Thousands of residents have protested in a southeastern Chinese city after a traffic accident, smashing police cars and overturning three police vans, police and residents said yesterday.
The reason why the protest sparked in the city of Fuan in Fujian Province was unclear. One resident said people got angry because police and paramedics took nearly an hour to arrive to help the injured, while a Hong Kong-based human rights group said it was to do with corruption.
However, such protests have become increasingly common in China, and Saturday’s violence is another reminder that the country’s new leadership has to deal with underlying social discontent that often boils over. People are fed up with corruption and high-handed officialdom, pensions that have not kept pace with inflation, and families being forced from their homes to make way for developments.
Residents said police were stopping cars and checking people for driving after drinking on Saturday evening when the accident happened on a main road in Fuan.
Wanting to avoid being tested, a driver in a sedan accelerated away and police started chasing the car, said a resident, who would give only his surname, Lin. About three motorcycles were hit during the chase, Lin said, adding he was not sure who hit them.
“About 10,000 to 20,000 onlookers became angry because police officers and paramedics took nearly one hour to arrive,” Lin said.
He estimated that 1,000 to 2,000 people clashed with police and overturned three police vans.
Photographss carried by online southeastern news sites showed hundreds of people swarming across a wide street with two vans thrown onto their sides. In one photo, three people stand on top of an overturned van.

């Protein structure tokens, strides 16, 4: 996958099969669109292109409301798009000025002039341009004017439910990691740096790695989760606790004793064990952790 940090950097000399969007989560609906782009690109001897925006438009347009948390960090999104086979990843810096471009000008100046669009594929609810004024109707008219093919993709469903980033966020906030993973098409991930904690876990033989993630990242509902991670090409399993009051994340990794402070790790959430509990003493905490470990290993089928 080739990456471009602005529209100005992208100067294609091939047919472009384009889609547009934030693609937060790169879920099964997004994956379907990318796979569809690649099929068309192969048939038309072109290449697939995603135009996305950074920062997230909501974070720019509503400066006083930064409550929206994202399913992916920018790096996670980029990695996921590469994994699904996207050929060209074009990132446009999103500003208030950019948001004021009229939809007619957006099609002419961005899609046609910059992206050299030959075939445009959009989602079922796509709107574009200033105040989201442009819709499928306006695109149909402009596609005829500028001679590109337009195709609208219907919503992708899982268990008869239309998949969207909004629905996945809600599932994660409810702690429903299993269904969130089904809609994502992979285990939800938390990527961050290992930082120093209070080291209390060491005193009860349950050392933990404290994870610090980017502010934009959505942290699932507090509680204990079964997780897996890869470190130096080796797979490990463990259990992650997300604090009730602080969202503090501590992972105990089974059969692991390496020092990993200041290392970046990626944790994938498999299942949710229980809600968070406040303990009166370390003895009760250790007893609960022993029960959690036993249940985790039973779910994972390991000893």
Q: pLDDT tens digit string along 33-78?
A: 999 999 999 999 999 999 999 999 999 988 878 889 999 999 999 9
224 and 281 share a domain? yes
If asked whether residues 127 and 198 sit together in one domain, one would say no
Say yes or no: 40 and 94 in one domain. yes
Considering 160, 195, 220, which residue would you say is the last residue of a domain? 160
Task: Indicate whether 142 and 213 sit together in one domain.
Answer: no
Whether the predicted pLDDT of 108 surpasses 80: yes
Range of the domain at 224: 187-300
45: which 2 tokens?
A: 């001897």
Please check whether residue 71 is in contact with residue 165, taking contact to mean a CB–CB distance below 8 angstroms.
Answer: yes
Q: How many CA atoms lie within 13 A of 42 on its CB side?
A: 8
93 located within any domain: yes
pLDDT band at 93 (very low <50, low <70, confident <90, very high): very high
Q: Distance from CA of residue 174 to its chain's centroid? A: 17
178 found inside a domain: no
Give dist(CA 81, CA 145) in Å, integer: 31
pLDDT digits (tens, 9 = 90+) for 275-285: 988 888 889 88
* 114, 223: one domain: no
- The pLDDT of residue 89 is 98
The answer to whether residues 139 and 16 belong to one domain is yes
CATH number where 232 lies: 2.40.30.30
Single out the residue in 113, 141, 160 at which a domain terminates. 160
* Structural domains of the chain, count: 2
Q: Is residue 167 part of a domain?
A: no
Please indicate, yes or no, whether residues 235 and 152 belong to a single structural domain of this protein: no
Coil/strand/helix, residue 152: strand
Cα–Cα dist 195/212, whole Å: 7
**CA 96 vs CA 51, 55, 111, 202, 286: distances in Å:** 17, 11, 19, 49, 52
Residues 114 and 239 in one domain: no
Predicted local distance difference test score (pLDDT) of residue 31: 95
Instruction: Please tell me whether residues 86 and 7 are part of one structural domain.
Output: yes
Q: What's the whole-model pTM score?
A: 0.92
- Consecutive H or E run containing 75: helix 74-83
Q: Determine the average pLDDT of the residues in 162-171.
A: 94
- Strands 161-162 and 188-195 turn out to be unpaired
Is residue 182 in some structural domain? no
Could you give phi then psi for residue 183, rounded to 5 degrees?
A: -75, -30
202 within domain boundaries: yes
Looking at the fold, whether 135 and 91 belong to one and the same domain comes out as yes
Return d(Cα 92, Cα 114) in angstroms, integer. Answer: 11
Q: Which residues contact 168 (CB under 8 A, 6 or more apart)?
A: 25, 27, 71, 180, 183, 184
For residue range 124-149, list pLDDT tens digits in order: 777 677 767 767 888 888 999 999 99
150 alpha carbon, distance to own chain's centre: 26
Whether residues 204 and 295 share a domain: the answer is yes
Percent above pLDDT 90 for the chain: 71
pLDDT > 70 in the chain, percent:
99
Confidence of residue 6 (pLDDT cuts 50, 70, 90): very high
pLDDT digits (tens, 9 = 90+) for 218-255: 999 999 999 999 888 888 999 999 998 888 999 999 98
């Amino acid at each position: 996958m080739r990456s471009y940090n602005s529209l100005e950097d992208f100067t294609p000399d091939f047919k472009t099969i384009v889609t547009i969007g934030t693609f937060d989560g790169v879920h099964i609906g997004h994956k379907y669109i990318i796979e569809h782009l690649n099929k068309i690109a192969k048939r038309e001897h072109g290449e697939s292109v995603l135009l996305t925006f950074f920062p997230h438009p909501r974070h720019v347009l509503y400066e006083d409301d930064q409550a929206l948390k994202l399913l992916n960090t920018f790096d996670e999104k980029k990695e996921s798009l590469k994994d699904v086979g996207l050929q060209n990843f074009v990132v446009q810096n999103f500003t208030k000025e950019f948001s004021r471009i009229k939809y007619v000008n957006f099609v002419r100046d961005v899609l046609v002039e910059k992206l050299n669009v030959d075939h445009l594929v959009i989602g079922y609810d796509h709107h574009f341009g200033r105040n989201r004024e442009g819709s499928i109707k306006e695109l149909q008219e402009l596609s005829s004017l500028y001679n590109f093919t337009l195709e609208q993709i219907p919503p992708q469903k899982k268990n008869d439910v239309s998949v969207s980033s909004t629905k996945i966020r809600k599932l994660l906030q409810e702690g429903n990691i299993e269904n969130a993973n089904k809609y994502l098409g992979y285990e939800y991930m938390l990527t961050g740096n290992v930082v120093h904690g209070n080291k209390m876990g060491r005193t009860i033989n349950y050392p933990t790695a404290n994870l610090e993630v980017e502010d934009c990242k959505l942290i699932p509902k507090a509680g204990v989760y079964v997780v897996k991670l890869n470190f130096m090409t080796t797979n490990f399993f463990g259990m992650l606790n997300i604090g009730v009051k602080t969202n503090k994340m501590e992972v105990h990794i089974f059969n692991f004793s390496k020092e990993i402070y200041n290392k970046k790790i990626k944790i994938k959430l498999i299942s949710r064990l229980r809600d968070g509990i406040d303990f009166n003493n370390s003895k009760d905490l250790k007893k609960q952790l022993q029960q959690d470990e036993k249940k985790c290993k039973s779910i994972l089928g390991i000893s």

The official Fuan police microblog yesterday said that a sedan had collided with a car and three motorcycles just before 8pm on Saturday, leaving five people injured.
“The accident made a small number of local people dissatisfied, so they smashed police vehicles and overturned three police vans,” the statement said.
It said authorities “immediately handled the aftermath,” without elaborating.
An initial investigation found that a person with no driving license, surnamed Jiang, had caused the accident and was in police detention, it said.
It said four of the injured were in stable condition and the other one had been discharged from hospital.
The Hong Kong-based Information Center for Human Rights and Democracy said about 10,000 people clashed with police, and that 10 police vehicles had been smashed, three overturned and 20 people injured.
The scenes were triggered by local police corruption, the center said in a faxed statement that did not cite any sources.
It alleged that Fuan’s traffic police were illegally registering license plates to vehicles from outside their jurisdiction for 50,000 yuan (US$8,000) and that residents suspected the sedan had such a license.
Calls to Fuan’s transport bureau rang unanswered. A man at Fuan’s local government propaganda department did not answer questions, but referred to a press release on a local news portal that said the same as the Fuan police microblog.